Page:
Ratification of a defective corporate act or an overissuance under New Section 204 will require (i) approval by the board of directors, and (ii) approval by the stockholders if a vote of stockholders would have been required either at the time the prior act occurred or at the time of the ratification. If stockholder approval is required, notice must be given to (i) all current holders of the corporation’s valid stock and “putative stock,” whether voting or non-voting, and (ii) the holders of valid stock and “putative stock,” whether voting or non-voting, as of the date of the defective corporate act to be ratified, unless such holders cannot be determined from the corporation’s records after reasonable inquiry. “Putative stock” is defined to include the shares of any class or series of capital stock of the corporation as well as shares issued upon the exercise of options, rights, warrants, or other securities convertible into shares that were created or issued pursuant to a defective corporate act that, were it not for the invalid authorization, would constitute valid stock, or that cannot be determined by the board of directors to be valid stock. In order to avoid a possible end-run around Section 203, if the invalidity of the authorization has been caused by the failure to comply with the provisions of Section 203, then stockholder approval, by the vote required by Section 203(a)(3), is required to ratify the defective corporate act regardless of whether such vote would otherwise be required (for example, because an interested stockholder has been such for three years prior to the ratification vote).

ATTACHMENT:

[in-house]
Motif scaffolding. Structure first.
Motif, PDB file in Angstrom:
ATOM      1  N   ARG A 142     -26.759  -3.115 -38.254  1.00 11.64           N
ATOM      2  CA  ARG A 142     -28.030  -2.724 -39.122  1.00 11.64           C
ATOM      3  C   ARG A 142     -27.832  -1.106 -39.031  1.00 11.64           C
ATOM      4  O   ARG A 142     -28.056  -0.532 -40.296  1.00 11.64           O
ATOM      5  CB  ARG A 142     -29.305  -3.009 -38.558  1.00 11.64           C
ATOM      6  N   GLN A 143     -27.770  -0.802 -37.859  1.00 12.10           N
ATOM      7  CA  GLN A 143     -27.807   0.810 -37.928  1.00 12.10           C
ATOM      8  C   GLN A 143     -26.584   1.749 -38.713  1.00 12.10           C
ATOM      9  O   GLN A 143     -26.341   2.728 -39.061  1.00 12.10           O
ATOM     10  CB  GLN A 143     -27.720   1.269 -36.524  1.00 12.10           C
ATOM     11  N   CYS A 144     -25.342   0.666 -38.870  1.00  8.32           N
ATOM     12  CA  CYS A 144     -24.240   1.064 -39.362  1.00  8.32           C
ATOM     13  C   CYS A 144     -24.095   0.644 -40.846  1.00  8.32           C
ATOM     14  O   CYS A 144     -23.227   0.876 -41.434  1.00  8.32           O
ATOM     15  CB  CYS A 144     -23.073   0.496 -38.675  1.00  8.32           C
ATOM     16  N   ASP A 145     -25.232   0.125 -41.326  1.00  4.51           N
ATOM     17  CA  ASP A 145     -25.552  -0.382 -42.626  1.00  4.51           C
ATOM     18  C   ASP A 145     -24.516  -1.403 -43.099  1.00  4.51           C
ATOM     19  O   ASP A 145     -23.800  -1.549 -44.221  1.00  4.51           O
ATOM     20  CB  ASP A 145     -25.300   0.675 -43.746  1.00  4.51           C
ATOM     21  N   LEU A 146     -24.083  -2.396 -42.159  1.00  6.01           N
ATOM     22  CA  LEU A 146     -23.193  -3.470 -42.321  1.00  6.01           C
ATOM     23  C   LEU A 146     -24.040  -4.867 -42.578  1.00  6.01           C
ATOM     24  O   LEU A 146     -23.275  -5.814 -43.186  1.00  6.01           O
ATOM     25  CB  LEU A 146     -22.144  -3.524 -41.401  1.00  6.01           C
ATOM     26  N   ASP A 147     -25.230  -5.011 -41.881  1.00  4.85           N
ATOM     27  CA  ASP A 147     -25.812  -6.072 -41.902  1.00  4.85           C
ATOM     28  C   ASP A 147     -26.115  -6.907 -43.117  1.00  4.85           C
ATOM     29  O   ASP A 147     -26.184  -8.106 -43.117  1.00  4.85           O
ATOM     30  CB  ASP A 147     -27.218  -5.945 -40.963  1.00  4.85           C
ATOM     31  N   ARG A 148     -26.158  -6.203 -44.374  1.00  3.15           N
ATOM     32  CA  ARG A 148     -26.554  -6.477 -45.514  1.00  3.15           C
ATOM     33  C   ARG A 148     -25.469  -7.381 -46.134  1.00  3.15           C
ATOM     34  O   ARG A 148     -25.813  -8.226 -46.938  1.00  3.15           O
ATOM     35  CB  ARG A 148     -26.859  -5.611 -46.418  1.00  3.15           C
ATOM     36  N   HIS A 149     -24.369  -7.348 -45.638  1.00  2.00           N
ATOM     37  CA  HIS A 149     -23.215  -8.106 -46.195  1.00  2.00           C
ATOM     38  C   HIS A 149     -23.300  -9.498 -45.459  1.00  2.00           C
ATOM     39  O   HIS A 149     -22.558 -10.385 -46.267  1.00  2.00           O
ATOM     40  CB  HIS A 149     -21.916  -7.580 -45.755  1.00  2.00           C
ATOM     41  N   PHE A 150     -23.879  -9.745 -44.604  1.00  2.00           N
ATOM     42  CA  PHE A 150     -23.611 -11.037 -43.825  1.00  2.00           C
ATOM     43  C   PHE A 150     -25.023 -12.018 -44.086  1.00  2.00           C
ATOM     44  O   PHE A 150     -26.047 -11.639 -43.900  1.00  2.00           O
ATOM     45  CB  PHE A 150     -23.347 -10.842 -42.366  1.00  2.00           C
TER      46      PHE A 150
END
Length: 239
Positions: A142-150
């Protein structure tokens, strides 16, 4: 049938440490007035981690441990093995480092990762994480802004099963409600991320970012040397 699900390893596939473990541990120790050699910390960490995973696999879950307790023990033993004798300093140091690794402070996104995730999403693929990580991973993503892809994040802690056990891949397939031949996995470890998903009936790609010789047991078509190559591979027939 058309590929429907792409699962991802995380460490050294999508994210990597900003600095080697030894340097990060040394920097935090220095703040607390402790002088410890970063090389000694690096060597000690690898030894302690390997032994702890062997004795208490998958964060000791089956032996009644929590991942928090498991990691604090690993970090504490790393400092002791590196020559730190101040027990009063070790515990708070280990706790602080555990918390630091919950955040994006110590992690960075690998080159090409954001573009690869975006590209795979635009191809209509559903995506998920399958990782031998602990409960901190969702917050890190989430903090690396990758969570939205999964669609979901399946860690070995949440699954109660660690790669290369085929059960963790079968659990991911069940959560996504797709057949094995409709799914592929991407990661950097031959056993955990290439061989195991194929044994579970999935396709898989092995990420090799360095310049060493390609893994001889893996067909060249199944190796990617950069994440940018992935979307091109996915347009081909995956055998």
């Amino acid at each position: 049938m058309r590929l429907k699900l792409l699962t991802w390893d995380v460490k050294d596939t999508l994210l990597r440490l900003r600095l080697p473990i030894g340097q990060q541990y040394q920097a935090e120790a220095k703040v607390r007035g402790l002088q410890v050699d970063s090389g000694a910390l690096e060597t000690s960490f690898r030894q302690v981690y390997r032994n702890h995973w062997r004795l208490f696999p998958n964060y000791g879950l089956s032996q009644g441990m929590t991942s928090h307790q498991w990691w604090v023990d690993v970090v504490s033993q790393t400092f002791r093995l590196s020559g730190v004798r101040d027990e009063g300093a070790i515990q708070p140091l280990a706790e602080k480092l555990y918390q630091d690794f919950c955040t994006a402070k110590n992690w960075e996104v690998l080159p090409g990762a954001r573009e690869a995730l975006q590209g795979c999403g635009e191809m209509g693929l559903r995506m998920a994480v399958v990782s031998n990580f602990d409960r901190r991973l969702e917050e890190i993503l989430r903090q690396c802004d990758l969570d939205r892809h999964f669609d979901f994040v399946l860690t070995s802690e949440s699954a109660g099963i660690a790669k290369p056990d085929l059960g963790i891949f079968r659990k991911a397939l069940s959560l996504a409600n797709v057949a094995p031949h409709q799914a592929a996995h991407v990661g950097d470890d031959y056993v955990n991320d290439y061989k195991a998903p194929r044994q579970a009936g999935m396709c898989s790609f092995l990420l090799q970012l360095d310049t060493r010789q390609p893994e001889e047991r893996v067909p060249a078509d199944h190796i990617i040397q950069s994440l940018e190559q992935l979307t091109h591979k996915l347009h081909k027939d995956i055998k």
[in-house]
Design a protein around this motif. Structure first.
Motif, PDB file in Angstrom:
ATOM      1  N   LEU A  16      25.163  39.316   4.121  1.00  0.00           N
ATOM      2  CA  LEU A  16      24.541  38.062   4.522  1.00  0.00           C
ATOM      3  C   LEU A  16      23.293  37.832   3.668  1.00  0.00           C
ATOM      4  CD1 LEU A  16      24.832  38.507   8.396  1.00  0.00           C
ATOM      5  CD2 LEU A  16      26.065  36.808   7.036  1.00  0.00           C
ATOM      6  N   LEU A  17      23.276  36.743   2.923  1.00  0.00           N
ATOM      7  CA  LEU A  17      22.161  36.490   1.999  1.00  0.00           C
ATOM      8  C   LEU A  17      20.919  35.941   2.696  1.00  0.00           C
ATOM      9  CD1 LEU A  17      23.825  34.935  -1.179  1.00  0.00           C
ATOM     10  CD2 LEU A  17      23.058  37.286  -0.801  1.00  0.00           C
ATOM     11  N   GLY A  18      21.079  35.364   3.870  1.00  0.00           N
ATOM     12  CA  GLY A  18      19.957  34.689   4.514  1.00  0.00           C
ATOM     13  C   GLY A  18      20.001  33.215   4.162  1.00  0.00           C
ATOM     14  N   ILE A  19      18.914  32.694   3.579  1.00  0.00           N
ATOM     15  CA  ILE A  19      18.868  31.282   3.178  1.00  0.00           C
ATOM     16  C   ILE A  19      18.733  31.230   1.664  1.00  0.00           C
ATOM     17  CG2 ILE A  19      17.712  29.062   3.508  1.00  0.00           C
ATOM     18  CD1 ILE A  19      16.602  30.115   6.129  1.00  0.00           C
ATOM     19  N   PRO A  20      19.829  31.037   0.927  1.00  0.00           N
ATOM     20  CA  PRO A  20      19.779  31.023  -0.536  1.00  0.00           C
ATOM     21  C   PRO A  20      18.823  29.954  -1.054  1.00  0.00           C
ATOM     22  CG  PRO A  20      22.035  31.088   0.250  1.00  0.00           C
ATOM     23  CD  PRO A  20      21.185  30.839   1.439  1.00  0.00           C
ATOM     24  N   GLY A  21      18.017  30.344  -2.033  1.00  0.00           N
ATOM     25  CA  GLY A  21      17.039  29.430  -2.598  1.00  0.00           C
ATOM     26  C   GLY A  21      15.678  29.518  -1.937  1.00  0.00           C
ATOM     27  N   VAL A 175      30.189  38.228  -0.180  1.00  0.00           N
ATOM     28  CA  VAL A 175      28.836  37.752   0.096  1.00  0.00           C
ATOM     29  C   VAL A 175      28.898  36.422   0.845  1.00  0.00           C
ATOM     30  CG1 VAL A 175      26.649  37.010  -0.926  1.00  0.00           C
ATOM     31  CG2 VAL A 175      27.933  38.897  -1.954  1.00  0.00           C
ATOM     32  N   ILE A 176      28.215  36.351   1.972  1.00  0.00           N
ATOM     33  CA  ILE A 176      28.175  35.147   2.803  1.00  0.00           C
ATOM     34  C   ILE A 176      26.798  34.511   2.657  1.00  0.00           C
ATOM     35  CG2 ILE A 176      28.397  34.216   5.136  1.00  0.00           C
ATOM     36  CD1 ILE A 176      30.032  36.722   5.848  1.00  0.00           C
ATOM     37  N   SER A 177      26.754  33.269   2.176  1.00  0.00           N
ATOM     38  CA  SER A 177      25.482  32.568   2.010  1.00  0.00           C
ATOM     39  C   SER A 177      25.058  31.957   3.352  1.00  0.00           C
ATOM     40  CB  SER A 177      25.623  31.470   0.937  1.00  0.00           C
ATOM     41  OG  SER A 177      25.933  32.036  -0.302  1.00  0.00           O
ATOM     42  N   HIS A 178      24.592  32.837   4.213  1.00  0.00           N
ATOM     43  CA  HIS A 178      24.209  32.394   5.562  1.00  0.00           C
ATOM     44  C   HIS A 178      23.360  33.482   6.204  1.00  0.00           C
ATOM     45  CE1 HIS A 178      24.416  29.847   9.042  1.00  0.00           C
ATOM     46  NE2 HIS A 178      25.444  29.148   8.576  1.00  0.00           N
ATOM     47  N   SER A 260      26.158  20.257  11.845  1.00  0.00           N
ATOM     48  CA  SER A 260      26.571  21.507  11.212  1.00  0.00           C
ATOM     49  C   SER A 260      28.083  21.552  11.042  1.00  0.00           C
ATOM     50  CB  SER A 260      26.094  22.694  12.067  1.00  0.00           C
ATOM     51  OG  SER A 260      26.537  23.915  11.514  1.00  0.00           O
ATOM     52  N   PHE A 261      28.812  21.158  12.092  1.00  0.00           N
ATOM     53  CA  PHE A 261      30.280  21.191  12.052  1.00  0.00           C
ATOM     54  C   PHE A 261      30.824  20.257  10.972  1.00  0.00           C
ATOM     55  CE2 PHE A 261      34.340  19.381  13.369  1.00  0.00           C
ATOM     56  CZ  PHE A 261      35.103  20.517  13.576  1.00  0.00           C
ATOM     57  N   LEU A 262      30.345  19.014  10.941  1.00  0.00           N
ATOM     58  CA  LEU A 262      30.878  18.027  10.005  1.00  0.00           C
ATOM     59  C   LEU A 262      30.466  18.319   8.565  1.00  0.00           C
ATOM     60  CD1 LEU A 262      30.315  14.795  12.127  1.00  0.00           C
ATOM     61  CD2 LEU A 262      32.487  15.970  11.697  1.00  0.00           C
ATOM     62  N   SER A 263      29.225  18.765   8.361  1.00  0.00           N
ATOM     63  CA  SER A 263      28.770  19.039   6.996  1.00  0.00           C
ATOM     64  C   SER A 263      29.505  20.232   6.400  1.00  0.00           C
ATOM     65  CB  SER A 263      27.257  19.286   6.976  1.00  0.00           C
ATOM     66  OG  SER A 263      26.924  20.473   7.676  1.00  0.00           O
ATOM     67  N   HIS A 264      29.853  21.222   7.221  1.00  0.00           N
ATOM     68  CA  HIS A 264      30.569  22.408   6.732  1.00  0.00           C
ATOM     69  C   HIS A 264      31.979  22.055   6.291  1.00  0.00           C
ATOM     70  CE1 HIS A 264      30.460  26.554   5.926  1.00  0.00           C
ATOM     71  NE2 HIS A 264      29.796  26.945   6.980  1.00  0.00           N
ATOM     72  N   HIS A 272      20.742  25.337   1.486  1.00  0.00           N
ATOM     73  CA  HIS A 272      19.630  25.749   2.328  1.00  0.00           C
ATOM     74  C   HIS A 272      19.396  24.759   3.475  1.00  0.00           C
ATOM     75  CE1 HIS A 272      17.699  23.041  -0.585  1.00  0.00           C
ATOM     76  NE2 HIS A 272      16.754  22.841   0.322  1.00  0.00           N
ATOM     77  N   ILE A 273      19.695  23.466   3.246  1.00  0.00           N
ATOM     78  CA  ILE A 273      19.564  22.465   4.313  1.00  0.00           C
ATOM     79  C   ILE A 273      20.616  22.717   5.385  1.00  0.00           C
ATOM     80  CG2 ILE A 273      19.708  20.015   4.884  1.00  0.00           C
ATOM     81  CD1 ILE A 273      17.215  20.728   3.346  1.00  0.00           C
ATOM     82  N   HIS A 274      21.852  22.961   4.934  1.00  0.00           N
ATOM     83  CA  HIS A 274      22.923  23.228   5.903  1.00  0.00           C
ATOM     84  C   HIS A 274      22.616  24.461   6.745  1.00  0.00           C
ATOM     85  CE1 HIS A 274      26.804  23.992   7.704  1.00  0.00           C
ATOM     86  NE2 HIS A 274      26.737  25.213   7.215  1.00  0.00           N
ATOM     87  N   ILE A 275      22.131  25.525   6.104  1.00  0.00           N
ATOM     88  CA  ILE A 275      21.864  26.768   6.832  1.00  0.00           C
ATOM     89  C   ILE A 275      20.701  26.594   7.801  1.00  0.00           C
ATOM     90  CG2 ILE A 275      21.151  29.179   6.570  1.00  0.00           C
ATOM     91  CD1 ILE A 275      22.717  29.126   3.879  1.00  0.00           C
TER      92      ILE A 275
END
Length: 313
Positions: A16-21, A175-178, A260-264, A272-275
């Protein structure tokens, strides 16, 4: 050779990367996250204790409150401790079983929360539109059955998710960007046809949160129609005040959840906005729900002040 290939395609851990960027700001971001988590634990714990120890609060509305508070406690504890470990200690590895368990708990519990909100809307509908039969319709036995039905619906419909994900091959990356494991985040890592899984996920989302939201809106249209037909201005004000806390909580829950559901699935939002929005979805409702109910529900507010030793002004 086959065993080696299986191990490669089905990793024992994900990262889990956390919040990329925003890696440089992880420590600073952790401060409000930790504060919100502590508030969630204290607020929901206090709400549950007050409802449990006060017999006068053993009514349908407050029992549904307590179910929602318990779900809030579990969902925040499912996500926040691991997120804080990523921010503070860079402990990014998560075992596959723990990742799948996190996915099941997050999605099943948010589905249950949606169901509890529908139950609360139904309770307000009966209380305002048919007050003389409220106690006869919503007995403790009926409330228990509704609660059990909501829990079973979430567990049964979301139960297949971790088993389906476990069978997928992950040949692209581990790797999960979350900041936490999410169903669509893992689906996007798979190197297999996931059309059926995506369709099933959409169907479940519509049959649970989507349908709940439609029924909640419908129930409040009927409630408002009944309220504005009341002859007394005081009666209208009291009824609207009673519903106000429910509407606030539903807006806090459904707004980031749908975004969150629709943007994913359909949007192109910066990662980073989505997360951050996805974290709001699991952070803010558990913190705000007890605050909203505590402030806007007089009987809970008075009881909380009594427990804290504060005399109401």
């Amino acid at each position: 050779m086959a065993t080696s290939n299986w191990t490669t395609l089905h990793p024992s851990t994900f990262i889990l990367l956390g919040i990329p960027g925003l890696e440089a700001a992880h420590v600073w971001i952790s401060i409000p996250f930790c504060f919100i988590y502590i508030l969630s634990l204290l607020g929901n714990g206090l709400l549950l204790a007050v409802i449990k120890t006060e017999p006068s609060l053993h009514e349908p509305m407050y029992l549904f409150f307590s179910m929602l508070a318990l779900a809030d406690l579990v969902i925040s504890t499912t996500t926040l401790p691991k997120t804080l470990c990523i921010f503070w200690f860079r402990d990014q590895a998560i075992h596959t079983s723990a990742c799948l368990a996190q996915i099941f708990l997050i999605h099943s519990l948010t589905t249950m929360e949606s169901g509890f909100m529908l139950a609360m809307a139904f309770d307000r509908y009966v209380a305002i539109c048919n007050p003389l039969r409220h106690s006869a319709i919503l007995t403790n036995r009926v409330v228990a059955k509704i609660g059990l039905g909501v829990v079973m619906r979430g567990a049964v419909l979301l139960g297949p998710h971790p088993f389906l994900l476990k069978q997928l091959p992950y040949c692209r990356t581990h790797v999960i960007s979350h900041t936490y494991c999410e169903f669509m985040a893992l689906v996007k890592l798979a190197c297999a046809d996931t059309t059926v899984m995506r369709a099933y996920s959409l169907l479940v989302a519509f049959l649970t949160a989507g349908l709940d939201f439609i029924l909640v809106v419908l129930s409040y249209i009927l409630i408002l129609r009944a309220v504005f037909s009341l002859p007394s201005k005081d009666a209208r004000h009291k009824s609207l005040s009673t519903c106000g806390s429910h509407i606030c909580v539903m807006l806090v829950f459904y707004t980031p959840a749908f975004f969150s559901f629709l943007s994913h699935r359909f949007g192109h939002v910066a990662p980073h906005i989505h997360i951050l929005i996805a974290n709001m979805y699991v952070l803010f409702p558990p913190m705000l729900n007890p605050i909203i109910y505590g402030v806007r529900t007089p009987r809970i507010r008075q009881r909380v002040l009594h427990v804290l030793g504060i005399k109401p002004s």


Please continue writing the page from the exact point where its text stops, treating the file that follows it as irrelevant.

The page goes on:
Once the applicable board and stockholder approvals are obtained, if the act would have required a filing under Section 103 of the DGCL, the corporation must file with the Delaware Secretary of State a new document that will be called a certificate of validation. The certificate of validation will provide a clear record that the corporation has engaged in a ratification process under Section 204. In addition, the corporation must provide notice of any ratification effected by the board of directors without stockholder approval to (i) all current holders of valid and putative stock, whether voting or non-voting, and (ii) all holders of valid stock and putative stock, whether voting or non-voting, as of the date of the defective corporate act to be ratified unless such holders cannot be determined from corporate records after reasonable inquiry.